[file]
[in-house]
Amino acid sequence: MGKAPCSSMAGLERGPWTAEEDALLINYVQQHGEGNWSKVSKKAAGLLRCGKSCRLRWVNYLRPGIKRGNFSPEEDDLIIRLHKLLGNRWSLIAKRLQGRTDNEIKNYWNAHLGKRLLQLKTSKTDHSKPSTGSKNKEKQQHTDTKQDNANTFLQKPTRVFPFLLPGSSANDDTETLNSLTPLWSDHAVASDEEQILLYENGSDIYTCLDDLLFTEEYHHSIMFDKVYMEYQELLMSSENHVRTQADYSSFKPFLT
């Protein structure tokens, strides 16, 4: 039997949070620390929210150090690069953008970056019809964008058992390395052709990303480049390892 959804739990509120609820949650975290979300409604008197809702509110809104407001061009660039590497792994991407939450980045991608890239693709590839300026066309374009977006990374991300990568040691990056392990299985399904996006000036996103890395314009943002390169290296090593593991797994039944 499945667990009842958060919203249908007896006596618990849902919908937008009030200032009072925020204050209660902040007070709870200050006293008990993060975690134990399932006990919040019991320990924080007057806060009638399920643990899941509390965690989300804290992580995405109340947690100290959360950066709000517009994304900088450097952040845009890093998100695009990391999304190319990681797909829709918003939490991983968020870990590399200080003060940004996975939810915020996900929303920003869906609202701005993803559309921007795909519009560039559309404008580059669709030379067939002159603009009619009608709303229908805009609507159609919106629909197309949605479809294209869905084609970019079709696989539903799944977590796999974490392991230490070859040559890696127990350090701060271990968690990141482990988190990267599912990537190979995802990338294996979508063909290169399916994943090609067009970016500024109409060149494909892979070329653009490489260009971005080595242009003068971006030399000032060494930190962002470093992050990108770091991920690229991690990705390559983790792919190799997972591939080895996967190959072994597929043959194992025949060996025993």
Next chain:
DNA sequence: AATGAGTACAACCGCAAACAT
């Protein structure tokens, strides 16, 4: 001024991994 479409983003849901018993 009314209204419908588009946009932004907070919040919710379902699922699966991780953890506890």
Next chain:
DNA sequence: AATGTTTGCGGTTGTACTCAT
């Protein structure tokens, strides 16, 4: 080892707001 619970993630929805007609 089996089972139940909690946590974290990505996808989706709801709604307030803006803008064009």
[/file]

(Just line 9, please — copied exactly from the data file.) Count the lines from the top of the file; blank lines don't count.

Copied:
């Protein structure tokens, strides 16, 4: 080892707001 619970993630929805007609 089996089972139940909690946590974290990505996808989706709801709604307030803006803008064009």